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Education in advanced disease: professionals' knowledge, attitudes and ability
  1. K Flemming1,
  2. S J Closs2,
  3. R Foy2 and
  4. M I Bennett3
  1. 1The University of York, York, UK
  2. 2The University of Leeds, Leeds, UK
  3. 3Lancaster University, Lancaster, UK


Introduction and aims The management of symptoms and lifestyle in advanced disease are essential for the maintenance of patients' quality of life. Health care professionals can facilitate patients to optimise disease management by providing appropriate education. While the provision of education by health professionals for patients with advanced cancer is reasonably well documented, less attention has been paid to other advancing progressive diseases. The aim of this review was to synthesise qualitative research which examined health care professionals' knowledge, attitudes and ability towards delivering educational interventions to patients with the following advanced progressive diseases: heart failure, chronic respiratory disease, end stage renal disease and neuromuscular disorders.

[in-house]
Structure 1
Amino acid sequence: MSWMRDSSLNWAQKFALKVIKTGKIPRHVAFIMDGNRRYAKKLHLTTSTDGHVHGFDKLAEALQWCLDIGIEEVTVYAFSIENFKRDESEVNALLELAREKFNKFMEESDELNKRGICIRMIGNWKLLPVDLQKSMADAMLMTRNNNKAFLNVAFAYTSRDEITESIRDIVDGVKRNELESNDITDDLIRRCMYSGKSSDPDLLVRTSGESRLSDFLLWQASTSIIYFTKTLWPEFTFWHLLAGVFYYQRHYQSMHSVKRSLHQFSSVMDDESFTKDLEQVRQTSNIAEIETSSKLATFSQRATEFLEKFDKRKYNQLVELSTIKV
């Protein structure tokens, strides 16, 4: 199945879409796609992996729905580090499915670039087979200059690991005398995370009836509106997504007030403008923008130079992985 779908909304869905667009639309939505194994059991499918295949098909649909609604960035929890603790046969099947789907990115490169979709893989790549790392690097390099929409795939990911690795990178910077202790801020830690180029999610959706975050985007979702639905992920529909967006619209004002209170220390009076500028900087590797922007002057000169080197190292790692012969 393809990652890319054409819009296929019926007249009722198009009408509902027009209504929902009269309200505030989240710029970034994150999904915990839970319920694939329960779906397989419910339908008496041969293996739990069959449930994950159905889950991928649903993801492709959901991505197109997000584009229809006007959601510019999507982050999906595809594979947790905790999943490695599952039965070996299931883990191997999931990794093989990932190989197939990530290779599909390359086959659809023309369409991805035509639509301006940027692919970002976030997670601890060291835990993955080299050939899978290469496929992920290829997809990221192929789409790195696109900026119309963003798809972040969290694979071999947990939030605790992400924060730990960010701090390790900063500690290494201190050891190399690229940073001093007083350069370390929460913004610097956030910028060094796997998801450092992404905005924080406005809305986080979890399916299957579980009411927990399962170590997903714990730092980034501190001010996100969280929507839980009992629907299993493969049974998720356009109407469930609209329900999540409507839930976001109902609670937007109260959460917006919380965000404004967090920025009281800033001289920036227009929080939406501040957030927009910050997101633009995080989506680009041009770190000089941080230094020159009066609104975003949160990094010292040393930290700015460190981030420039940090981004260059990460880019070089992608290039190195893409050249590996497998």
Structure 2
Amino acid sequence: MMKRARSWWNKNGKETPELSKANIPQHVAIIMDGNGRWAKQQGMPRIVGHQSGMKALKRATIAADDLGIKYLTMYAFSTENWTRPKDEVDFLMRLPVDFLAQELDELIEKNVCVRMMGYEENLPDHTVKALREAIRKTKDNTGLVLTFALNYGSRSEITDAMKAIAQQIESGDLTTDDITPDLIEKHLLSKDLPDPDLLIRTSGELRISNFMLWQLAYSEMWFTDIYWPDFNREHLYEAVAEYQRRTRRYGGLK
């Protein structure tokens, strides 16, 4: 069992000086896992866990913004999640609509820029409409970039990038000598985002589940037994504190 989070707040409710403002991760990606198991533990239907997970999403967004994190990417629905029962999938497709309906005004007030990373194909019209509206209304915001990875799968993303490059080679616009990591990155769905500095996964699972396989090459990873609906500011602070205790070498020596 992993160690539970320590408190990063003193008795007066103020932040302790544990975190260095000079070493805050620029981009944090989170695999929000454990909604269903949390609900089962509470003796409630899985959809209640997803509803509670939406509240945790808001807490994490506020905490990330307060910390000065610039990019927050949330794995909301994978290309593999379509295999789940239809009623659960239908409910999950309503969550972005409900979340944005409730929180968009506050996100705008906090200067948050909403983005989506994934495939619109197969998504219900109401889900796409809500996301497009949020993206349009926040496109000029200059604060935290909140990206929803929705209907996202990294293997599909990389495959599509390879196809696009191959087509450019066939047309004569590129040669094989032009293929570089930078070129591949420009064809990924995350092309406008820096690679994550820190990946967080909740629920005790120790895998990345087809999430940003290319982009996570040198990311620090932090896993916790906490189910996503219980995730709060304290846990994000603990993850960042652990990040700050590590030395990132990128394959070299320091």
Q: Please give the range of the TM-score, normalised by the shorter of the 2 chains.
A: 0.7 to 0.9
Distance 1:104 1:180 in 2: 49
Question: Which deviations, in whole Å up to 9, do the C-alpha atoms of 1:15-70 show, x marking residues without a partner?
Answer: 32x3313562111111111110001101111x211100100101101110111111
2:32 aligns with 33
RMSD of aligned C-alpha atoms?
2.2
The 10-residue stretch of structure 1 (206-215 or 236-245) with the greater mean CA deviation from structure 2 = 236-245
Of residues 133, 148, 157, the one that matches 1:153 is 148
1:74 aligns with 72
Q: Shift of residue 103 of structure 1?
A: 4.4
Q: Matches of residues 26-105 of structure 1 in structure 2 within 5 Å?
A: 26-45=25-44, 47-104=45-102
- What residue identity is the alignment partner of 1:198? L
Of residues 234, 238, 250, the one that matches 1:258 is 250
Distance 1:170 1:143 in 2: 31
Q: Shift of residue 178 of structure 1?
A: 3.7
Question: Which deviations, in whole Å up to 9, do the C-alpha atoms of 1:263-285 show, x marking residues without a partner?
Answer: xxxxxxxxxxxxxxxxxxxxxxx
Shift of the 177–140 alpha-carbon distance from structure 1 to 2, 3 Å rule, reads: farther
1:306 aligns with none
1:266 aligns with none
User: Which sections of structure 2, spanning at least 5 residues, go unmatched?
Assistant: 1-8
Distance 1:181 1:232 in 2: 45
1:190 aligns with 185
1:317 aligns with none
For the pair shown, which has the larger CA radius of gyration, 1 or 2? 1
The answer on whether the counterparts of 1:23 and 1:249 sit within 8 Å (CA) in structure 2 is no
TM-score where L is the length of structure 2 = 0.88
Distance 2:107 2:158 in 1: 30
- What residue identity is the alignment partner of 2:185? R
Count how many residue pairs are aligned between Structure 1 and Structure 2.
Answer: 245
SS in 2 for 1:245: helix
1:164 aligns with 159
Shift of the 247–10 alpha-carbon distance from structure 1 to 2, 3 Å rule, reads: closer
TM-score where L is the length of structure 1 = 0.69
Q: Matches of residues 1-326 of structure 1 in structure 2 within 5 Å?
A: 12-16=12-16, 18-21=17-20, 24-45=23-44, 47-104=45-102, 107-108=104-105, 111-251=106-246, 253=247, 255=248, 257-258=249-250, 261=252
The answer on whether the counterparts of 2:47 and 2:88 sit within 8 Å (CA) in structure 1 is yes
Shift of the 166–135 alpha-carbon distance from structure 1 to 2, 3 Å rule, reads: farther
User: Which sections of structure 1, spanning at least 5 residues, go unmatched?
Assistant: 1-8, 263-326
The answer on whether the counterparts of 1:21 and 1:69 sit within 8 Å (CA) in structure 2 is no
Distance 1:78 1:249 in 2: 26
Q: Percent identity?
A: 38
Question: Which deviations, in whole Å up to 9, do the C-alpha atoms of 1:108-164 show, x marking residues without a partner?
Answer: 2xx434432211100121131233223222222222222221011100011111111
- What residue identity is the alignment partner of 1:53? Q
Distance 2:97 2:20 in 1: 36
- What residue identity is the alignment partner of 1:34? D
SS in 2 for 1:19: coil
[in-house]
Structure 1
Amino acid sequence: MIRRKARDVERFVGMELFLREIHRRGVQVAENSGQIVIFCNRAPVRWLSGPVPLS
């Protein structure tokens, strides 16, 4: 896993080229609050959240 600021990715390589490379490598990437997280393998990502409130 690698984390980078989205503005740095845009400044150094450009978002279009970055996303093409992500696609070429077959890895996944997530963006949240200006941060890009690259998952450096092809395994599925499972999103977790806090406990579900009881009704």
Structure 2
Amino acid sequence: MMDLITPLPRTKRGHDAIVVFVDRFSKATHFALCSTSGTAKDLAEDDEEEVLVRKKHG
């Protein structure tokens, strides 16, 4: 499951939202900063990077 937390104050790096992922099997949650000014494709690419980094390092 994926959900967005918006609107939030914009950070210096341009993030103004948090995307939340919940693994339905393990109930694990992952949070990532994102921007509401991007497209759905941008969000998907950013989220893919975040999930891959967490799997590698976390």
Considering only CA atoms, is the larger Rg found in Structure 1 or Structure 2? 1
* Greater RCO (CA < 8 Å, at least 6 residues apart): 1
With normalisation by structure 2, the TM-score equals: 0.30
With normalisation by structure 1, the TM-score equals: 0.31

Methods The synthesis was conducted using meta-ethnography. Systematic searching of five electronic databases (CINAHL, Medline, PsychInfo, Web of Science Social Science Citation Index and EMBASE) occurred. Included papers were data extracted and assessed for quality.

Results The searches identified 911 records, of which 17 met the inclusion criteria for the review. Three key themes influencing the delivery of education to patients with advanced disease were identified:

  1. Capacity (to educate and aid decision-making)

  2. Context (of educational delivery)

  3. Timing (of education).

Conclusion A range of enablers and barriers identified by health care professionals influence their ability to deliver education at the end of life. Therefore, any interventions to change practice need to have multiple components, rather than targeting sole aspects such as knowledge or motivation alone. Strategies for improving educational practice should explicitly target factors judged as important and potentially amenable to change.

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